In a city like Rome, where history has been written and rewritten, it is easy to feel daunted by the abundance of options she has to offer her visitors. Do not fret though, a list of the top ten destinations in the Eternal City has been made just for you! The following is a list of places Rome is known worldwide for; however, while on route to these places, make time in your schedule to see the little things that make Rome so magical.
Stop number 1 on our list is most certainly the Vatican. A visit to Rome wouldn’t be complete without a visit to this monumentally historical place.
Technically, you’ll be making a trip to another country seeing as Vatican City, also known as the Holy See, is a country of its own. It’s the worlds smallest country, fully equipped with its own school, grocery stores, law enforcement and government – all within the walls of the Eternal City. As you walk into the doors of the Vatican museums, you become immediately aware of the importance of the site you are in. Walking the halls where countless faces who have had a helping hand in shaping our world, from world leaders, philosophers, authors, artists to celebrities have walked, holds a remarkably humbling experience. The impressive concourses are lined with exquisite marble sculptures and impressive art frescos. It all plays in helping your eyes adjust to the beauty you’re about to witness, the Sistine Chapel, where you can feast your eyes upon Michelangelo’s masterful frescos of the “Last Judgement” and his Sistine Chapel ceiling masterpiece.
The Colosseum is a must visit when in Rome! Today, it stands as one of Rome’s most popular tourist attractions, and with good reason. Its history is immense and impressive. It was built in 80 AD out of tuff, travertine, and concrete and to this day it remains to be the largest amphitheatre ever built.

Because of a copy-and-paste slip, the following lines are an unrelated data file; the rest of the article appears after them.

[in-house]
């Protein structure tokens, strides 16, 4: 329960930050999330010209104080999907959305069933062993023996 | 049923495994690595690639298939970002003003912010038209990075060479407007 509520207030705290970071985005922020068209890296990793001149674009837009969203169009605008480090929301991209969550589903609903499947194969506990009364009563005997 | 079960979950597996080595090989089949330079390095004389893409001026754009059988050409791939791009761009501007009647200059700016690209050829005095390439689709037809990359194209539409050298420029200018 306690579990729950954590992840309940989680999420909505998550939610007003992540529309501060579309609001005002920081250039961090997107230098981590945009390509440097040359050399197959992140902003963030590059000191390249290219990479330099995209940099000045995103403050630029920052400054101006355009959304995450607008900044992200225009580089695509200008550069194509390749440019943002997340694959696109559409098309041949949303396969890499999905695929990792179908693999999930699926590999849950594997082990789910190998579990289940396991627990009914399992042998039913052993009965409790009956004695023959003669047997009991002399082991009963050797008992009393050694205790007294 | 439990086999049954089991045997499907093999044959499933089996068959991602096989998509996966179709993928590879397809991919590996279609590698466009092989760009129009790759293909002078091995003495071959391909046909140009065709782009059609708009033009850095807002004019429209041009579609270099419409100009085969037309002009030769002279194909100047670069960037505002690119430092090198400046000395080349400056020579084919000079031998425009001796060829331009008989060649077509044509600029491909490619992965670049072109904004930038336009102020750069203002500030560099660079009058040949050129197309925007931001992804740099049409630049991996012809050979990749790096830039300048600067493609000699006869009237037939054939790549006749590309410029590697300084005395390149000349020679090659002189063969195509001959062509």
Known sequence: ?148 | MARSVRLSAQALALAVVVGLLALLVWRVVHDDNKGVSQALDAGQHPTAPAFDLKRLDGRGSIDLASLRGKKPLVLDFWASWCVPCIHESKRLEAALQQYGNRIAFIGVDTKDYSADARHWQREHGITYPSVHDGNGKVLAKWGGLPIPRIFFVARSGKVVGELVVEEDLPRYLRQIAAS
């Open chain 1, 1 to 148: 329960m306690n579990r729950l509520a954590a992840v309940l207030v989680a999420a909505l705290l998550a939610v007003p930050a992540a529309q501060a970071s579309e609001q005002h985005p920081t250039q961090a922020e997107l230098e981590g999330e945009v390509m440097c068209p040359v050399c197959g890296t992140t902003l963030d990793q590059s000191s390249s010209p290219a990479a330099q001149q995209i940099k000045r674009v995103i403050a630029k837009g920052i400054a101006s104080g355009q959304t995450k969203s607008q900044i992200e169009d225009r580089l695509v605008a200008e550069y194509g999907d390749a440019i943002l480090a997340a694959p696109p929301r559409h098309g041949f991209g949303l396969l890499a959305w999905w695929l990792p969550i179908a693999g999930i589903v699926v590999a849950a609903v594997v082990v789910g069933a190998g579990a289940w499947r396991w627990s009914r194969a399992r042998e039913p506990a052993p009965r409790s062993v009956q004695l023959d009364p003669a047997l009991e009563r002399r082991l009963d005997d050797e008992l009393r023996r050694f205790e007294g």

Like anything that has survived centuries of existence, the Colosseum has gone through many changes throughout its lifetime. From a battlefield between gladiators and exotic animals to a place where Christians were once martyred. Today, it is considered to be a Holy place, pronounced by the Holy See, and is where the Pope commences the Via Crucis, Scriptural Way of the Cross, on Good Friday.
How could the Pantheon not enter this list?! The historical center of Rome can at times resemble a labyrinth of cobblestone roads and one of the gems nestled inside is this magnificent, architectural feat: the Pantheon. Besides being an impressive structure with a captivating oculus in the center of its enormous unsupported dome ceiling, the Pantheon’s history is what strikes me the most.
The grey granite columns you see in exterior of the building have made quite the journey to reach their destination. They stem from Egypt, where they were dragged for more than 62 miles to the Nile river, where they then floated by barge and then transferred to vessels across the Mediterranean Sea where they would evenutally reach the Roman port of Ostia. Once they reached the port they were then dragged once more to the Tiber river, on which they floated until they reached the city and were finally taken to their present location in Piazza della Rotonda.
Castle Sant’Angelo is one of those places that make Rome, Rome. It’s rare that the towering, cylindrical castle is filled with tourists, which makes it a great place to escape the crowds outside and roam the fortress like building. Once inside you’ll learn of its rich history, which began when Emperor Hadrian had the castle commissioned as a mausoleum for his family and himself, to this day the ashes of his first adopted son, his wife, Sabina, and his own ashes are held here, however, the castle is mainly used as a museum today.
Fun fact: the castle was once a prison and even an escape place for the Pope!
The Trevi Fountain